New Directions for Mixed-Ability Instruction

January 20, 2010

How can teachers best organize students for instruction? After a century of research on tracking and ability grouping, one might expect a definitive answer to this question.


Evaluation Tools to Inform Foundation Education Reforms

January 18, 2010

Education foundations and their grantees are most effective when grantees fully understand the foundation’s priorities and when foundations correctly assess the impact of their diverse grant activities.


Timothy Boals in Education Week

January 14, 2010

WIDA Director Timothy Boals discusses Race to the Top policies (Education Week, 14 January).


School Psychologists and Evidence-Based Practice

January 11, 2010

With the development of the evidence-based practice (EBP) movement, training psychologists to work in schools is critical, says Thomas R. Kratochwill.


Learning Sciences a Growing Field

January 5, 2010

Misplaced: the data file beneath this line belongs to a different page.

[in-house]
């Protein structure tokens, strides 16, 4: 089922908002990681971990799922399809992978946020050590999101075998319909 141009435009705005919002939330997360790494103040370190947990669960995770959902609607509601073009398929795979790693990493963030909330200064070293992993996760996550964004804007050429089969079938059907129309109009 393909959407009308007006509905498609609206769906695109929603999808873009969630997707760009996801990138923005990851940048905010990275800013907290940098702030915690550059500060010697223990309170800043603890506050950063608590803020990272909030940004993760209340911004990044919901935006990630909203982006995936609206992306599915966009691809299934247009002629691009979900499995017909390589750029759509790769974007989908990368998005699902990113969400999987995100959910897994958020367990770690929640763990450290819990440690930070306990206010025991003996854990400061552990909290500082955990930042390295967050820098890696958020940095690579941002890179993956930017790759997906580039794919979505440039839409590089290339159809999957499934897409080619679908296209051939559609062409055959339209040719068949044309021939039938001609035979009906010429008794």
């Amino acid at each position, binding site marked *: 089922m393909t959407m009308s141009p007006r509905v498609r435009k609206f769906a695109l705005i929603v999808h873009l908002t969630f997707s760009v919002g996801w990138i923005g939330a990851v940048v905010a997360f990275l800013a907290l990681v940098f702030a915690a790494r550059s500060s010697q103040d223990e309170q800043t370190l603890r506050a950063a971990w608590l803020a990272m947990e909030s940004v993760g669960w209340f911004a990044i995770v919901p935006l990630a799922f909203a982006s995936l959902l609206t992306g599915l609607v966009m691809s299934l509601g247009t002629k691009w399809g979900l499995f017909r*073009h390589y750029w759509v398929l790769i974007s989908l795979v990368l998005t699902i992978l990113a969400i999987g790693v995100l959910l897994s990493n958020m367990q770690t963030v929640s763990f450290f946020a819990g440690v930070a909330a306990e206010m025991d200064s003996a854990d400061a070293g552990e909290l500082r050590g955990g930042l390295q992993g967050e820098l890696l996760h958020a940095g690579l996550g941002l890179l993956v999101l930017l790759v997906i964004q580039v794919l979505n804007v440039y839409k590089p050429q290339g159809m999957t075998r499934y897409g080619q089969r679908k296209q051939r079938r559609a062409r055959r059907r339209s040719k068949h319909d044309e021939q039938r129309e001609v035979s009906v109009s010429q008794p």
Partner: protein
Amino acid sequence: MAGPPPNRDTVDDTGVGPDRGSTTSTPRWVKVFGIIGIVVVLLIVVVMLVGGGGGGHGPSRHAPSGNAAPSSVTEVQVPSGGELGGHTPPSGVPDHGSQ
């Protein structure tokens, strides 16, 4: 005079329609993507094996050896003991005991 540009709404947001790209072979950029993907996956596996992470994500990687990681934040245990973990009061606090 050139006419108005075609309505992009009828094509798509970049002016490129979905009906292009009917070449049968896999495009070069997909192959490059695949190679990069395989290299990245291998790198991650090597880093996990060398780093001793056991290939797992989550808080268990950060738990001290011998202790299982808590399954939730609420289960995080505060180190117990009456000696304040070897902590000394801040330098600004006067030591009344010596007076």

The Learning Sciences are poised to make great strides in understanding complex human behavior.


CGI Math Encourages Ingenuity and Reasoning

June 15, 2007

Elementary age students bring lots of things to school with them—besides huge backpacks stuffed with supplies. They bring ingenuity, intuitive knowledge, and mathematical insight. They sometimes amaze their teachers with innovative ways to solve problems. When mathematics teachers link their classroom instruction to students’ intuitive knowledge, students can take classroom instruction a lot farther.


What Will Decrease Educational Inequality?

June 15, 2003

Student’s educational outcomes are boosted or hindered by their families’ socioeconomic background. Although certainly not fair to the student, such inequality is likely to persist throughout the 21st century, despite much rhetoric and a few policies directed against it.


The Pros and Cons of ‘Holding Out’

March 15, 2000

You often hear that statement. But the suggestion is unsubstantiated by research, according to UW-Madison Education Professor Elizabeth Graue and Lehigh University’s James DiPerna. Their recent study challenges conventional wisdom about the value of redshirting and early retention. In fact, some children who are “held out” miss receiving needed attention in areas of learning disabilities, cognitive disabilities, and emotional disabilities.